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Women in Digital: Interview with Neebashnee Kristnasamy, Head of Projects and Digital Transformation Programme at Sanlam Private Wealth

Written by Corinium

Women in Digital: Interview with Neebashnee Kristnasamy, Head of Projects and Digital Transformation Programme at Sanlam Private Wealth

Written by Corinium on Sep 17, 2018 10:45:10 AM

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We had the opportunity to interview Neebashnee Kristnasamy, Head of Projects and Digital Transformation Programme at Sanlam Private Wealth, Neebashnee was one of the speakers of Women in Digital & Data hosted in Cape Town recently.
Can you tell us a bit about your background and how it leads to a career in digital?

I come largely from a management consulting world, where we attuned to the risks and issues that exist within a business, and provide a practical tactical plan to make visible changes. More and more organisations are gearing to become digital and I found myself in the seismic shift that occurred in the Financial Services space, where most of the major players started to scram to put their digital plan together. One could say that the career in digital found me, more so than the other way around.

Women in the field of technology are definitely in the minority, so why did you decide to pursue a career in digital?

That’s part of the reason I’ve decided to pursue a career in digital – in the hope that more and more women will see it as a career path and join the fold. Digital is also the shape that the future world is morphing into – Gender agnostic, I don’t think anyone can ignore this.

What challenges have you faced in the workplace, especially your experience in a male-dominated environment?

  • Gender stereotypes where the belief is that women don’t belong
  • Lack of powerful knowledgeable female mentors 

We are our own worst enemy. Male colleagues are often happy to work together with you, once they get over the initial shock of you being a “chick”. However, we, as females, are truly not aware of how powerful we can be in the digital space, and often place our own limitations into the environment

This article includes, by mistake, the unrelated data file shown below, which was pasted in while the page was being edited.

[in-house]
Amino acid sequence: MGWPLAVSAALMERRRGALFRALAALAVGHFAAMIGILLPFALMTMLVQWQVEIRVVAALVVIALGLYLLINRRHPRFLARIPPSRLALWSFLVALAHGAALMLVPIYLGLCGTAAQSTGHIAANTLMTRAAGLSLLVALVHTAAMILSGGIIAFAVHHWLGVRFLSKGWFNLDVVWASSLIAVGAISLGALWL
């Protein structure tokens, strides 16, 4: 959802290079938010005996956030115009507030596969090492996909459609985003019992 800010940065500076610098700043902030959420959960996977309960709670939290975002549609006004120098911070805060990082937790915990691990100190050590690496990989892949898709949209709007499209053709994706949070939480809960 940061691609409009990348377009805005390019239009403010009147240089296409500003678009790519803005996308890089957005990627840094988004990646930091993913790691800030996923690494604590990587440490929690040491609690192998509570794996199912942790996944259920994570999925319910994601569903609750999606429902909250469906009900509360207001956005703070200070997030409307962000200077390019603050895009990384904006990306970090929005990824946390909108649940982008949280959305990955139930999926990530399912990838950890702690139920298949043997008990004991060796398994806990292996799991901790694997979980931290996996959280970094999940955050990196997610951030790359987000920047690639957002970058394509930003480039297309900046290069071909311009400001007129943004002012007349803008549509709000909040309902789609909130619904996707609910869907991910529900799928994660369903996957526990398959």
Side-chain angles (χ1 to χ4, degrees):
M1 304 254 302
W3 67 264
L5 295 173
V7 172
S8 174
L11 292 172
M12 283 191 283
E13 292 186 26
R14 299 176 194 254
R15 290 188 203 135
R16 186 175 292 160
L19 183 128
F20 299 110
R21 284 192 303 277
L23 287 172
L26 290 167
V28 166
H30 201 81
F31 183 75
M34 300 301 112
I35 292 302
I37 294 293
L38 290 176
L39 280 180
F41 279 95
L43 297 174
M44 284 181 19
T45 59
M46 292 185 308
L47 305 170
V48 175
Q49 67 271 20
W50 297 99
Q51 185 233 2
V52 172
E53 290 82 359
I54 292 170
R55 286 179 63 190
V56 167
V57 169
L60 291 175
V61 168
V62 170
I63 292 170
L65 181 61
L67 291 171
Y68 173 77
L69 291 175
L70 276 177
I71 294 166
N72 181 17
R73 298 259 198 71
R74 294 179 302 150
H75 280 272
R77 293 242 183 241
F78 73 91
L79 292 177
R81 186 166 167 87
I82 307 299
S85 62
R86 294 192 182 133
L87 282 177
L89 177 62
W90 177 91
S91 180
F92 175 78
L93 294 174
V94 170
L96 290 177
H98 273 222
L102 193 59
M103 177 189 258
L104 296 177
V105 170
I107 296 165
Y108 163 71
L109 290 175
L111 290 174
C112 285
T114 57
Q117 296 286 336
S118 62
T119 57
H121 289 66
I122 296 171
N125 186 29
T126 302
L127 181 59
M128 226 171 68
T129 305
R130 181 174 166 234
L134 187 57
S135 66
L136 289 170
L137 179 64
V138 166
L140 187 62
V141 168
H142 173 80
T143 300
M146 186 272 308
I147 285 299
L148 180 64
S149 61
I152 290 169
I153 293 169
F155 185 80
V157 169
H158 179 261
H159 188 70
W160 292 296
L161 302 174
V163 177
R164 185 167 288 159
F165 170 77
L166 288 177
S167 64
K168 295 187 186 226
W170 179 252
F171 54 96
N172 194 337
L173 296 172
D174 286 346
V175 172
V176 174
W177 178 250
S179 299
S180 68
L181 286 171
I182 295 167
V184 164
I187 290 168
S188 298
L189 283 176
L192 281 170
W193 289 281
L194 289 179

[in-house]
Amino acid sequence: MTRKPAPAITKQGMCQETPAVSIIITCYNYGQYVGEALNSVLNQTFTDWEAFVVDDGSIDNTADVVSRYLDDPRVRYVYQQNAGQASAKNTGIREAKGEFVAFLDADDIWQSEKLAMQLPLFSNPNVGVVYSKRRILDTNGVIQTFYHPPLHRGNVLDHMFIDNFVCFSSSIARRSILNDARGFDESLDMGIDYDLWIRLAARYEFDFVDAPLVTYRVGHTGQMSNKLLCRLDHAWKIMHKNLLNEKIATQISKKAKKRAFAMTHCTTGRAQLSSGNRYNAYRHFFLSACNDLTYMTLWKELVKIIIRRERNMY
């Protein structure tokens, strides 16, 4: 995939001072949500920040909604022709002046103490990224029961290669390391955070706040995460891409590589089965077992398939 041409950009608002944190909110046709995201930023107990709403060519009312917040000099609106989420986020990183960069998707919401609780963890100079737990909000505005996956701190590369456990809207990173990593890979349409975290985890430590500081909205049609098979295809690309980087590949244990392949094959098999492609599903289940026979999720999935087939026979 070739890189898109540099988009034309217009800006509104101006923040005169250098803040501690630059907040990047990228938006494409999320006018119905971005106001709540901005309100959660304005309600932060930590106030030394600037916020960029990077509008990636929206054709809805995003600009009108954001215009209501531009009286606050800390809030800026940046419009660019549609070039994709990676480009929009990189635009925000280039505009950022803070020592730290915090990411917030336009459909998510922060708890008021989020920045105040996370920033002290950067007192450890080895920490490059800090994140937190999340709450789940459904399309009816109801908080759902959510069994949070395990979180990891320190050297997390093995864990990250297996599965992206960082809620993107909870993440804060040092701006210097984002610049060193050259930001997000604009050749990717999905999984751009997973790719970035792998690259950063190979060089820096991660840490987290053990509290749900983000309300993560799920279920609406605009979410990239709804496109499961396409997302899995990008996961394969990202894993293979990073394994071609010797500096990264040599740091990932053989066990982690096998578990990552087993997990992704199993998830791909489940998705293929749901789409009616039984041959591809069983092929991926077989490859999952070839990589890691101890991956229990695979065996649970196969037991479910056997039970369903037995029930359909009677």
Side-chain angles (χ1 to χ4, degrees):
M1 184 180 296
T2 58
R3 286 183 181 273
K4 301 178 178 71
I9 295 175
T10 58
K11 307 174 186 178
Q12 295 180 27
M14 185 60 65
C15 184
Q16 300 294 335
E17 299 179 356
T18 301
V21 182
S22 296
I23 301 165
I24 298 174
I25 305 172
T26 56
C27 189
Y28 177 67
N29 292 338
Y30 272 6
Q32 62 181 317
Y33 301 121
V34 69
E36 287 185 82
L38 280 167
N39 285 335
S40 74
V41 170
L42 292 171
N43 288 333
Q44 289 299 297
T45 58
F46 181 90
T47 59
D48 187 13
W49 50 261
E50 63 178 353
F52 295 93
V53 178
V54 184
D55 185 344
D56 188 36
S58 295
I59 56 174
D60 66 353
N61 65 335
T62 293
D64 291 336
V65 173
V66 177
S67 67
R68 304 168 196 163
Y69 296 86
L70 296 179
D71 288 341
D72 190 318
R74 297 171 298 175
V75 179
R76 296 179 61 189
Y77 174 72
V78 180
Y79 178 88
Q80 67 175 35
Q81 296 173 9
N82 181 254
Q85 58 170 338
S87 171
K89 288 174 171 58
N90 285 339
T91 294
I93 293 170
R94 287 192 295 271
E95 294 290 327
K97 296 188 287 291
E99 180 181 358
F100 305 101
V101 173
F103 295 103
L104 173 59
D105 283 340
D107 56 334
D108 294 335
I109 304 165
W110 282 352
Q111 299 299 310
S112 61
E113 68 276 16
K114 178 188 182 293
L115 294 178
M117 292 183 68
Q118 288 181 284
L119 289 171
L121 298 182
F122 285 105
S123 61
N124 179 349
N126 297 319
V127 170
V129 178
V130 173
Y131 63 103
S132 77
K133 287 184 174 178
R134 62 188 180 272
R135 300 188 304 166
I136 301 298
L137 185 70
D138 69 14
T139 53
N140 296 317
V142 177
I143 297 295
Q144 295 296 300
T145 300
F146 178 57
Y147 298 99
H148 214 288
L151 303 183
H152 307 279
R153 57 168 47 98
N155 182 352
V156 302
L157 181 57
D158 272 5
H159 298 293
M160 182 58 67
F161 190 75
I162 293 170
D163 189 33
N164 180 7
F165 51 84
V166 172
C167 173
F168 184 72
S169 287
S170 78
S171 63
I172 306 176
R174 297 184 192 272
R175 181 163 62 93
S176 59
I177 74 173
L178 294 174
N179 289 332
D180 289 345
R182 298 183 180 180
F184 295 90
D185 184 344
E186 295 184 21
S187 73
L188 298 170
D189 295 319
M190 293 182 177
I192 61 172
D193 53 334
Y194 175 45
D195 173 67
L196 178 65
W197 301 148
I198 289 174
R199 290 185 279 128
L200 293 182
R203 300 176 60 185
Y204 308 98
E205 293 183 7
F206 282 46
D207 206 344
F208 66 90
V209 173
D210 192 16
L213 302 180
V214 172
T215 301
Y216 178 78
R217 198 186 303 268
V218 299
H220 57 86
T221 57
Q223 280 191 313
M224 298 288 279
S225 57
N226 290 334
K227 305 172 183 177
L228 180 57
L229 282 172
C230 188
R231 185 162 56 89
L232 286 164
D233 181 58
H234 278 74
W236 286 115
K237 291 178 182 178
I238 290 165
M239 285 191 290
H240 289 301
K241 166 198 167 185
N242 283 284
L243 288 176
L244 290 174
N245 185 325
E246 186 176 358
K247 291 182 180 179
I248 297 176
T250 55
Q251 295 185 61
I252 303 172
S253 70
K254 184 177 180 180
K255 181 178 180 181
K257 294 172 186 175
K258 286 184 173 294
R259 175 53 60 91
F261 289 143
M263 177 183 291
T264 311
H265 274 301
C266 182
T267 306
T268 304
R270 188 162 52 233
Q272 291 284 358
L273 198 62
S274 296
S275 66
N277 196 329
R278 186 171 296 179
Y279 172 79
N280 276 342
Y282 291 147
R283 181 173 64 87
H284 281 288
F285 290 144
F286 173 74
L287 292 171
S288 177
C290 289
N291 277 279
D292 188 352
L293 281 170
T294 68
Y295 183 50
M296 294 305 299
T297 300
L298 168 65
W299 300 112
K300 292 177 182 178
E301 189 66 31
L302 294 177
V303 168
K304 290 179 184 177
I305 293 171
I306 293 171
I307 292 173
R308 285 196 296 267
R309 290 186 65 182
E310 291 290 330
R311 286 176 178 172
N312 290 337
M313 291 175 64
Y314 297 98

What has been the biggest surprise in your career? 

The biggest surprise in my career was moving to Cape Town, only to realise that the broadest and bravest digital jumps and learning were happening right here.  

What are some of the skills we should be learning to be successful digital ambassadors?

  • Learn to understand the environment and global practices, and understand how that relates back to our South African landscape;
  • Learn to challenge the status quo constructively and wisely, as a woman can; and
  • Learn to be creative – Artificial Intelligence is only as good as the data we feed it. We still own the creative element.

What can women in the workplace do today to help build the foundation for successful careers?

Aim to provide a safe, inclusive space that does not, to the best of our ability and available resources, unfairly discriminate based on sex, gender identity, race, class, nationality, language, religion or ability. We cannot perpetuate the bias that already exists. 

Digital transformation is something companies have been talking about for decades now. How to be part of the digital age? With the world growing and evolving as quickly as it does today, and new technology being made available daily, how does a business keep up with the ‘transformation’? 

One of the biggest disadvantages of the Digital and AI space, is the pace that it’s moving at. When organisations try to be on the bleeding edge of all technology, risk is inherent as it’s difficult to keep pace to changes that are happening in the global arena. An organisation should determine its core Digital Strategy and establish an ownership role. This strategy must then be driven and embedded so that the core building blocks are laid as soon as possible.

What are three key pieces of advice that you would give to women in digital struggling with digital transformation?

  • Own your space;
  • It’s sometimes better to ask for forgiveness than permission; and
  • There will always be someone better – but there’s no other you. 

What advice would you give to other women who are interested in pursuing a similar career path to yours?

Persevere, learn and move forward. Don’t stop pushing the boundaries, don’t be fearful to challenge, don’t be too shy to sit at the head of the table. We have a huge amount of value and knowledge to impart to the digital world, and we shouldn’t be afraid to be a part of that world. 

In a management position, how have you found it best to promote and nurture women in the workplace?

By being the best role model I can be and by always lifting other women up and celebrating their successes. 

Any reading/website you would recommend to stay updated?

I try to read widely – i.e. current news, strategy updates, financial news. All these different elements mould the way companies will drive digital. TED talks are amazing – you get to listen to people from all walks of life, sharing their experiences and understanding of the world. 

Fun fact about you?

I love speed and fast cars (in a controlled and safe environment of course). My favourite pastime is going out onto the track on an open day.

To find out how you can hear other phenomenal women like Neebashnee speak, click here...

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